"There's one piece of really good news about this ballot measure," said Pope. "You don't need to read the fine print."
The initiative "suspends air pollution control laws requiring major polluters to report and to reduce greenhouse gas emissions that cause global warming until unemployment drops below specified level for full year," reads the full text as it will appear on the ballot.
Many opponents of the measure see the action by the oil companies as a maneuver to outflank national carbon reduction standards, given California's leadership on environmental standard from fuel efficiency to building regulations
"The fossil fuel companies are being cynical but probably pretty strategic in saying, 'listen, if we can drive the stake through the heart of environmental policy in California, just imagine the chilling effect it's going to have in the country,'" Wade Crowfoot of the Environmental Defense Fund told Streetsblog. "[Oil companies] are making a bet that they can actually stop the progress toward equaling the playing field for renewable energy."
Crowfoot and Mayor Newsom both highlighted the enormous investment in cleantech companies that has resulted from the passage of AB 32. California is host to 12,000 cleantech companies with over 500,000 employees and more of these companies are relocating their worldwide headquarters to California than any other state by an enormous margin, said Newsom. Since 2006, when AB 32 was passed, $9 billion has poured into California's cleantech sector, $2.1 billion alone last year.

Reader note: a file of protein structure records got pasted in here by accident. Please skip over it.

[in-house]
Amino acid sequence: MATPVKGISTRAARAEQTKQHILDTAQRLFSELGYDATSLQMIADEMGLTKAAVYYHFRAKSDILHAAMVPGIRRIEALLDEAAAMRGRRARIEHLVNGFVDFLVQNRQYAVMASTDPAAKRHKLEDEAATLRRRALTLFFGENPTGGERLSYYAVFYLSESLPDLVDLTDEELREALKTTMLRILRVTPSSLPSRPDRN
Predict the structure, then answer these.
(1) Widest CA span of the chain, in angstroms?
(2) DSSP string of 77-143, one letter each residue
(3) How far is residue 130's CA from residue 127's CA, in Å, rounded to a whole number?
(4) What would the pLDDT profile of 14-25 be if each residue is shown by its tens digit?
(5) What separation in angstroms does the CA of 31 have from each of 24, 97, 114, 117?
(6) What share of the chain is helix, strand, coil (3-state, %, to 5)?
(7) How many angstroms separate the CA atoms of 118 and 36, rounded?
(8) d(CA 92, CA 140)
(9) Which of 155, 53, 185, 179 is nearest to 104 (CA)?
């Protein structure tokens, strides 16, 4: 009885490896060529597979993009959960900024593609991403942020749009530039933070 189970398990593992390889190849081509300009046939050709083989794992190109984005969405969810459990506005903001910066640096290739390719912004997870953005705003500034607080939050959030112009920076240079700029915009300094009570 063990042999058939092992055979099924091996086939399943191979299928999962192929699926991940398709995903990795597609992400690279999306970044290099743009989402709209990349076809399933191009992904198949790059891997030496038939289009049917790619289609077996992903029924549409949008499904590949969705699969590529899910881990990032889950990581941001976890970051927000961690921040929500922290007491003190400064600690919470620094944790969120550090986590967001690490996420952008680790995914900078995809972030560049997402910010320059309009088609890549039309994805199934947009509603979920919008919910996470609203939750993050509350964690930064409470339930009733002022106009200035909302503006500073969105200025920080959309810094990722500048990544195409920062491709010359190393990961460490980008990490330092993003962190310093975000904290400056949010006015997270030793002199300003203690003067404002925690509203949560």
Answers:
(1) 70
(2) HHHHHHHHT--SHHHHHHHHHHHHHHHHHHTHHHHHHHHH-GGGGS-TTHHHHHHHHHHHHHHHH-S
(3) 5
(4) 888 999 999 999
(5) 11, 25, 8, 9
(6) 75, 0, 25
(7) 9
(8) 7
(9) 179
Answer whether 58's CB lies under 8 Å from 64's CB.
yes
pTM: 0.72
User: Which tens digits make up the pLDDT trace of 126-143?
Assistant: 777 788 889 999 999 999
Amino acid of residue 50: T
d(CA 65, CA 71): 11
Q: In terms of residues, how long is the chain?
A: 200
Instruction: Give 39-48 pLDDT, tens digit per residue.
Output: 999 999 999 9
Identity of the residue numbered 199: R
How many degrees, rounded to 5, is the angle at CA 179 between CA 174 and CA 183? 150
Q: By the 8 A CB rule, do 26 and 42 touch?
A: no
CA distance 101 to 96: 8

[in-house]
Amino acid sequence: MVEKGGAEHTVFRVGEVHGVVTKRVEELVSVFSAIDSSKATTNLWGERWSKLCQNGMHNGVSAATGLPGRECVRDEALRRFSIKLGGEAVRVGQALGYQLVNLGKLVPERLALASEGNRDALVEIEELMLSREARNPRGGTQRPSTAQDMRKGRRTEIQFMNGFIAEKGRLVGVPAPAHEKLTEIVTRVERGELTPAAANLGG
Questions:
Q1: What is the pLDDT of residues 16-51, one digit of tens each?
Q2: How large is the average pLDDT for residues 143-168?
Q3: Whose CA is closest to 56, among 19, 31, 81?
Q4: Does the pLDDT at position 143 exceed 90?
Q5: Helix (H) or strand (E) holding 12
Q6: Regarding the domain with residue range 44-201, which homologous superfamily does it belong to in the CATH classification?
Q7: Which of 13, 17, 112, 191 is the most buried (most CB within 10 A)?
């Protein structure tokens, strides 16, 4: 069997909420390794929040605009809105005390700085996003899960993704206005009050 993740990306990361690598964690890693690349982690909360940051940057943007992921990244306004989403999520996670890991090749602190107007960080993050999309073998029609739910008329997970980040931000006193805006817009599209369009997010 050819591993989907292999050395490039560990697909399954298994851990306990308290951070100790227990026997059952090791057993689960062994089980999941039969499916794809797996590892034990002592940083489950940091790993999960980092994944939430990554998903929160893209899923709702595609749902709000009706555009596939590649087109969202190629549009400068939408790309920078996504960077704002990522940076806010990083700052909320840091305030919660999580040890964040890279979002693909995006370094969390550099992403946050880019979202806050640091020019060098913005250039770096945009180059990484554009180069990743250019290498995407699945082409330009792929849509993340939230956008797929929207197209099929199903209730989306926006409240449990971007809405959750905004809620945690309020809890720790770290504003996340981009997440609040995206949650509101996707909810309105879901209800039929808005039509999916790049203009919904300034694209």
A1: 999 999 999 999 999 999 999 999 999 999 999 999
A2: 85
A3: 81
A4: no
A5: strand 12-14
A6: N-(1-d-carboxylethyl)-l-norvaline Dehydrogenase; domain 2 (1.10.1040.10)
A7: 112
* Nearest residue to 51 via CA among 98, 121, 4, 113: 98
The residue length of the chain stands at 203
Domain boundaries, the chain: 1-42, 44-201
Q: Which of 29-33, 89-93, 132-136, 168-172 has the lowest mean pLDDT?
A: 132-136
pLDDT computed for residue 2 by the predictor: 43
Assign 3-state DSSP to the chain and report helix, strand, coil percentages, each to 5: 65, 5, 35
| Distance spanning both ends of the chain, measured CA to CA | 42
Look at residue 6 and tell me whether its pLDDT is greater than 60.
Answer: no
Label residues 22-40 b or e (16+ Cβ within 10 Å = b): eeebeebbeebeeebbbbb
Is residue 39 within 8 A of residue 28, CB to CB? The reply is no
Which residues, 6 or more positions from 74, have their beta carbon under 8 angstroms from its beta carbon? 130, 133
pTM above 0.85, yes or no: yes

"Investment buys jobs," said Crowfoot. As to criticism that cleantech only represents a small portion of jobs in California, Crowfoot said: "So was the computer, so was the micro-processor, but are you going to defend the typewriter factory?"
Despite a wide majority of Californians telling pollsters they support AB 32, political adepts like Crowfoot and Maviglio clearly understand the power and reach of big money in politics. Though no one knows exactly how much the oil companies will spend on the campaign, estimates range from between $50-100 million.
If the oil companies harp enough on the jobs angle and the economy doesn't improve much by November, AB 32 supporters are worried voters might be convinced by their argument.
"The facts are on our side, but the name of the game is being able to have the resources to beat back their arguments and be able to tell the truth," said Crowfoot. "Political advertising can greatly impact the election. If you have $80 million spent by oil companies going up on TV saying this is a jobs killer, we need to be there to counter the message."
Maviglio acknowledged the Gulf of Mexico oil spill was great PR to help them beat back the message by Valero and Tesoro, but he said, "In 90 percent of campaigns, whoever spends the most money wins."
Though he expected to be outspent significantly, Maviglio said they would rely on traditional political campaigning and intelligent messaging to get the facts to the public.
"It's going to be a full-scale battle with every component of the campaign," he said.